BWW Interviews: Tom Wopat Has a New Number


Tom Wopat has come a long way from tending cows on his family's farm in Lodi, Wis. He's starred in the '80s television series DUKES OF HAZZARD and graced Broadway stages from GUYS AND DOLLS to ANNIE GET YOUR GUN, (for which he received a Tony nomination). Now his eighth album, I'VE GOT YOUR NUMBER, will be released Feb. 12. The title is the name of a tune from the musical "Little Me."

And on top of that, he's booked for a concert Feb. 25 at 54 BELOW where he'll be crooning songs by Cole Porter, Harold Arlen and other classic masters.

In a free-wheeling interview as he drove back to Manhattan from Hunter Mountain where he had gone for a mini ski break, Wopat explained the reasoning behind releasing a CD that features a 30-piece orchestra. It's a significant departure from his previous recordings that included pop rock, American Songbook classics, and Ol' Blue Eyes classics in an homage to Sinatra and his rat pack.

"We wanted to do something that had a big band sound to it, like Bobby Darin might have sung," Wopat said. "That swinging stuff, MAD MEN type of thing," he explained. "There are lots of standards, pop tunes and two songs I wrote myself. We have horns all over and we had a lot of fun putting things together," he said. Wopat's pedigree reveals his love for all things pop with his deep respect for classic standards, blues, reggae and yes, even some country thrown in for posterity.

"I used to do a lot of stuff for Dick Clark specials and even had a short-lived talk show in Nashville," he recalled. "It was called 'Primetime Country' - what a stinker," he said with a laugh. "But I came out smelling like a rose - you can't have a career without taking chances and falling down once in a while. That's show biz." The ruggedly handsome leading man even confessed to being a huge Joni Mitchell fan, the go-to confessional singer/songwriter typically favored by a different gender. "I'm a big fan of Joni and a song I sing" - on a CD titled "Consider It Swung" - called 'Thailand Sea' is very evocative of her style."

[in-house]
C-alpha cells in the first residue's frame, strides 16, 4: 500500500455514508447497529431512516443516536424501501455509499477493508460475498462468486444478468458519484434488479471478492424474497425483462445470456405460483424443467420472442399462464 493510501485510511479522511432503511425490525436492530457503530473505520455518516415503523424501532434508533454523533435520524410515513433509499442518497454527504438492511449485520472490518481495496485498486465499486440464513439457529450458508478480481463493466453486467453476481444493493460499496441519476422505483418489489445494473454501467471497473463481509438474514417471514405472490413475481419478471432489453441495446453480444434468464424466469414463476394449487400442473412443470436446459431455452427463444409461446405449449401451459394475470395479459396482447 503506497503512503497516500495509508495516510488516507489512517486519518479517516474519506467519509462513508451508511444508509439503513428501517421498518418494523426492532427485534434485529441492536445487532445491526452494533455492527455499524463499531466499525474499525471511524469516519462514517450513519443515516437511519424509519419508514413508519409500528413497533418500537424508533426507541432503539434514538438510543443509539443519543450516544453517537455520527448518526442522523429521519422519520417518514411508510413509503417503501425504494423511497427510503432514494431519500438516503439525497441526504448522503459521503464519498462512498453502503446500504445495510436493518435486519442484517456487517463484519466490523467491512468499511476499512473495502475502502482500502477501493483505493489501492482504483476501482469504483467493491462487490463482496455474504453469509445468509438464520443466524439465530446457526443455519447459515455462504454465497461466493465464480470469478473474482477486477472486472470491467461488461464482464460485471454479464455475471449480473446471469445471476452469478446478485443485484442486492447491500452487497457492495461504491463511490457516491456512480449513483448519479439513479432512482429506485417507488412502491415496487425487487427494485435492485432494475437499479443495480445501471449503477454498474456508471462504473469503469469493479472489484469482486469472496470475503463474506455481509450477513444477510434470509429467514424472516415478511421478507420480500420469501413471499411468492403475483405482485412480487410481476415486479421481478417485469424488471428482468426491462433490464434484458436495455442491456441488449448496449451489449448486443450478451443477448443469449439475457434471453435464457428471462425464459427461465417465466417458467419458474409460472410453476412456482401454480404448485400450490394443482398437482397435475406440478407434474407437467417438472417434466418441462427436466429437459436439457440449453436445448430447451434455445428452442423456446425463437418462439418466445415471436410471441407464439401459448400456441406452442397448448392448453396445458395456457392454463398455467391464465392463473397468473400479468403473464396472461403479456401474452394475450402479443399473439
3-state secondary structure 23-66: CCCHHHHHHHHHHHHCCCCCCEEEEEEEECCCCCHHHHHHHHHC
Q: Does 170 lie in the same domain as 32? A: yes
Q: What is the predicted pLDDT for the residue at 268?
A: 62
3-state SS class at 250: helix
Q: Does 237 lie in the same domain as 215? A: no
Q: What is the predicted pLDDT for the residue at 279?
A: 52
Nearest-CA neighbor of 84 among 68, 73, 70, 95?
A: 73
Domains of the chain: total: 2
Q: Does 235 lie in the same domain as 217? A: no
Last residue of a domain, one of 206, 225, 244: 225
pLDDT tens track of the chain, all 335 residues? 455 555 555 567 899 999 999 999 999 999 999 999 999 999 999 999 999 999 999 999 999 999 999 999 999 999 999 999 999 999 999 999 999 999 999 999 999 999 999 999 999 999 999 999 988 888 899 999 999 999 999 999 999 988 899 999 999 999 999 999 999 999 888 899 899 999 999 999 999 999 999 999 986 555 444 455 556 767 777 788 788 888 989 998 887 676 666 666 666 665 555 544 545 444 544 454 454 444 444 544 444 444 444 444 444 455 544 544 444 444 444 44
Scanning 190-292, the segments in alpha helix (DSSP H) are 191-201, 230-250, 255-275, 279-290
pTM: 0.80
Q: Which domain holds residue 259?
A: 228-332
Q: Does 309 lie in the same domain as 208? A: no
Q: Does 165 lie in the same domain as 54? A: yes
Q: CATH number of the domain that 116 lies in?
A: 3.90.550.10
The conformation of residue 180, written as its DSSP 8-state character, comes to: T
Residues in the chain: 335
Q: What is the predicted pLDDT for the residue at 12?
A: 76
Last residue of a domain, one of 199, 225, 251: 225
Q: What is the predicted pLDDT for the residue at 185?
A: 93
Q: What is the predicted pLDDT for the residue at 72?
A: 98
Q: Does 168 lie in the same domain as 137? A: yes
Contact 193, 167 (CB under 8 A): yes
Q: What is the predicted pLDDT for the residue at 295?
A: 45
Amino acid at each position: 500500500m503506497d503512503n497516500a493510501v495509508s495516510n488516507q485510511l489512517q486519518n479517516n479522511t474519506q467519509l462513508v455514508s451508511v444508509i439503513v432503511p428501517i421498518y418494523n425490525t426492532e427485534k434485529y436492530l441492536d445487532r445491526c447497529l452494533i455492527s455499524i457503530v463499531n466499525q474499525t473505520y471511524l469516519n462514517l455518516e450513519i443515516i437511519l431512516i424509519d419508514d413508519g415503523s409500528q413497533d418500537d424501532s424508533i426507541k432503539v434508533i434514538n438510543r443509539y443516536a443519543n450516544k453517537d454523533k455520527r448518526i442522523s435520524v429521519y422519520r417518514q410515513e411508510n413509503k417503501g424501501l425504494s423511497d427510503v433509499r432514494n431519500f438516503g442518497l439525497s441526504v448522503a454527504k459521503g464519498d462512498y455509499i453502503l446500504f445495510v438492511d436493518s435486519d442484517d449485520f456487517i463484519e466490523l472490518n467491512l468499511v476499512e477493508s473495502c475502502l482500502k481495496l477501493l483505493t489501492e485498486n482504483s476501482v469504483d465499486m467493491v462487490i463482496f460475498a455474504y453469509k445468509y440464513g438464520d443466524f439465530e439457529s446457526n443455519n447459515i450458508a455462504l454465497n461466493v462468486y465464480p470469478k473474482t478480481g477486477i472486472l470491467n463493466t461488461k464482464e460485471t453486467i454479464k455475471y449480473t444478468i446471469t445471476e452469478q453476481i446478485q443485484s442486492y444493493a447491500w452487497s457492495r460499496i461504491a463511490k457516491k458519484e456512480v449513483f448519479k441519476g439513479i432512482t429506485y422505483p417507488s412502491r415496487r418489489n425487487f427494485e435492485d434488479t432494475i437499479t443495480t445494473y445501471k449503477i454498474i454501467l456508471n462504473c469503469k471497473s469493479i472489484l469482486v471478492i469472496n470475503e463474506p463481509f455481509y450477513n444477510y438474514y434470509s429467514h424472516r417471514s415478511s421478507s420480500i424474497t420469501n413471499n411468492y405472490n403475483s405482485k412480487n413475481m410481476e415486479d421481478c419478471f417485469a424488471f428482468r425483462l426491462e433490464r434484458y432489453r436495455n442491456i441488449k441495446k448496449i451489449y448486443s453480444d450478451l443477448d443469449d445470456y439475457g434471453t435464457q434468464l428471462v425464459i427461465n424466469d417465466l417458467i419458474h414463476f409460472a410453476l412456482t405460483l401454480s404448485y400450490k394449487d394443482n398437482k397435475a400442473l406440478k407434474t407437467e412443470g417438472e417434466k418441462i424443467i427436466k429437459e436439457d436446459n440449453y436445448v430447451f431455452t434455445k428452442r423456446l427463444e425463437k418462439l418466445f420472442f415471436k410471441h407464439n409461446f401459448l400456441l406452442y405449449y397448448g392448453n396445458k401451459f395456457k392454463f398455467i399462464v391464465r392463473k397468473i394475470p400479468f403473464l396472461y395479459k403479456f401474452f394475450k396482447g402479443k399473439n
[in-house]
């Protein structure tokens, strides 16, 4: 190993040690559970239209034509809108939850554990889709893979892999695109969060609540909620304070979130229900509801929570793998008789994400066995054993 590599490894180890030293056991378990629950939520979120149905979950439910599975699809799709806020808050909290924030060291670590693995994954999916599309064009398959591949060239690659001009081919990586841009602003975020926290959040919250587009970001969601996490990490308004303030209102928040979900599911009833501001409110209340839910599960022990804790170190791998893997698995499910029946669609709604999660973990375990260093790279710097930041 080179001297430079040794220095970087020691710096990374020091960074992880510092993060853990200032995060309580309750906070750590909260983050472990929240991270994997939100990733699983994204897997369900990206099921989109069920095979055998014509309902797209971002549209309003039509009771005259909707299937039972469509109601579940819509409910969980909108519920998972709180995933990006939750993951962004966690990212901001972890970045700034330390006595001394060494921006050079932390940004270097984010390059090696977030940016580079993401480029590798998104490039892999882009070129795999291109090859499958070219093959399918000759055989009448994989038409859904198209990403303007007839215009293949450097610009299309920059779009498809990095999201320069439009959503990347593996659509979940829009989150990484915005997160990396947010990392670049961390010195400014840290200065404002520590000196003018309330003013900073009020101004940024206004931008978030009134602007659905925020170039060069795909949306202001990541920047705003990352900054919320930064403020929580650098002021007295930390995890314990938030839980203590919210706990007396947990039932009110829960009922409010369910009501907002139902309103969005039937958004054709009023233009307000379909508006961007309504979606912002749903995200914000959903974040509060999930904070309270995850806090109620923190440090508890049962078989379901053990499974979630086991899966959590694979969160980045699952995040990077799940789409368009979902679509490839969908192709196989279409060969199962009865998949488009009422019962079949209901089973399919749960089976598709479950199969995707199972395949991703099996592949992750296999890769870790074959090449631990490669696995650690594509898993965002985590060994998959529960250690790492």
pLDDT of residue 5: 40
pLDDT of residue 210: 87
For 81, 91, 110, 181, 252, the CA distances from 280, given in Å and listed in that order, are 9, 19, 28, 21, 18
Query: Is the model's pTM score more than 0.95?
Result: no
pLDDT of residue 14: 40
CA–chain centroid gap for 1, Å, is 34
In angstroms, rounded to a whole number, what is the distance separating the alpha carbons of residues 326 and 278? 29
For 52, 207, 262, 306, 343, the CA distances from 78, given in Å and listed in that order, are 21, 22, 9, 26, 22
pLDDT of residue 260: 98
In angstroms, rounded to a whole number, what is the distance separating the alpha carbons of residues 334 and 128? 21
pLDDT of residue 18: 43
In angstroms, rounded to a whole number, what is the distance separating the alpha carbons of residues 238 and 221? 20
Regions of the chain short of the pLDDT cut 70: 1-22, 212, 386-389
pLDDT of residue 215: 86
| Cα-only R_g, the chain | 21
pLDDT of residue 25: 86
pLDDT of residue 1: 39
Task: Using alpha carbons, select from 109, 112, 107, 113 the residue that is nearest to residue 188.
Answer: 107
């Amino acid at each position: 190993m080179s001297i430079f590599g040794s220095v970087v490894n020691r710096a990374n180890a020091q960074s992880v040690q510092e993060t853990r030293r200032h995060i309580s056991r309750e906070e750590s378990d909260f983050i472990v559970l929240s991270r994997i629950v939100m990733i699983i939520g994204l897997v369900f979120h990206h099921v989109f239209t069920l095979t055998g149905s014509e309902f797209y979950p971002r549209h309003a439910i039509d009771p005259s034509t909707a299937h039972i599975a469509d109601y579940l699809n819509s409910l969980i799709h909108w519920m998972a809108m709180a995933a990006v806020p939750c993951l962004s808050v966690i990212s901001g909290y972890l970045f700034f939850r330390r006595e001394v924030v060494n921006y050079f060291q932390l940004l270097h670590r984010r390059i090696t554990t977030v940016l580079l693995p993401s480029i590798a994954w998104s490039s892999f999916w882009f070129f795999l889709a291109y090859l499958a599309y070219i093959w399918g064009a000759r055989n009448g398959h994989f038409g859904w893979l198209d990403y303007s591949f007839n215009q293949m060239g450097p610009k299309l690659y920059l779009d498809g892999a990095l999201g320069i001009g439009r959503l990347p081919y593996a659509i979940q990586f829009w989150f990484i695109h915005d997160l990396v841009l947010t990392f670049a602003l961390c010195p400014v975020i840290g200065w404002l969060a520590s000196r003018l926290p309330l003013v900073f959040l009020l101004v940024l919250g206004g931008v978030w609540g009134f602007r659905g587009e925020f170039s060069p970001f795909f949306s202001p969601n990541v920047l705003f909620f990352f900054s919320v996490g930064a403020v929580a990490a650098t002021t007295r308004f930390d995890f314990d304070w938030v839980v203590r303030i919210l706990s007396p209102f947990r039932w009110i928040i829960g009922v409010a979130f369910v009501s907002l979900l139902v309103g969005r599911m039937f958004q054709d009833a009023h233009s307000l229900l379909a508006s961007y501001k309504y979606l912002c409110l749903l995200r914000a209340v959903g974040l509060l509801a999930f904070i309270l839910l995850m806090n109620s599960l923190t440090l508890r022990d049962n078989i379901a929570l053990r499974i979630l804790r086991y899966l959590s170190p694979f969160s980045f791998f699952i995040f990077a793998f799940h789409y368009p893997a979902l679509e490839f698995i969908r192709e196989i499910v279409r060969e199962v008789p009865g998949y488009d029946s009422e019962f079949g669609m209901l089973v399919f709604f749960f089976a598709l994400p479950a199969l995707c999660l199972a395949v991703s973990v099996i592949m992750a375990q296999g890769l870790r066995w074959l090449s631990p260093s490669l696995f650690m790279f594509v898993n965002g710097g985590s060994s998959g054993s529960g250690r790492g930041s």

His other big influences include: "Nat [King Cole], Ella [Fitzgerald], Louie [Armstrong], Sinatra and Jack Jones," he said. He chooses songs for their ability to stir his soul. "For me a song has to say something, have something I can hang onto whether it's a poignant, funny or blues sound. Or maybe it's just a tempo, swings like a ..." (Let's just say it swings.)

Wopat gives due credit to his collaborators. "It doesn't take much if I have good musicians, then I'm in a pretty good place to sing. Singing has always been one of my favorite things to do." He was entertaining family and friends by the time he was 6 years old and lapped up the attention his performances produced.

He was nurtured by caring teachers, he said, who recognized his potential and encouraged him to shoot big. And it paid off, with roles on Broadway where audiences were receptive to his leading man charisma, particularly when he played opposite Bernadette Peters in ANNIE GET YOUR GUN. He also starred in CAROUSEL, GUYS AND DOLLS and non-musicals as well.

Wopat's latest credits include the new Quentin Tarantino film DJANGO UNCHAINED, playing a marshal. That role came about because Tarantino, the writer and director, used to frequent the DUKES OF HAZZARD set as a teenager and was a big fan of the show, so when he was casting the film, he immediately thought of Wopat.

But for now Wopat is looking forward to serenading live audiences. "The truth of the matter is there aren't a lot of leads for someone my age, so if I did any more Broadway stuff, I'd be limited," he said. Maturity has its upside, though, he admitted. "I like to think my taste has broadened and matured a little bit. I even throw in a little country now and then."

Tom Wopat will be appearing at 54 Below (254 W. 54th St. between Eighth Ave. and Broadway on Feb. 25. His latest CD is I'VE GOT YOUR NUMBER.

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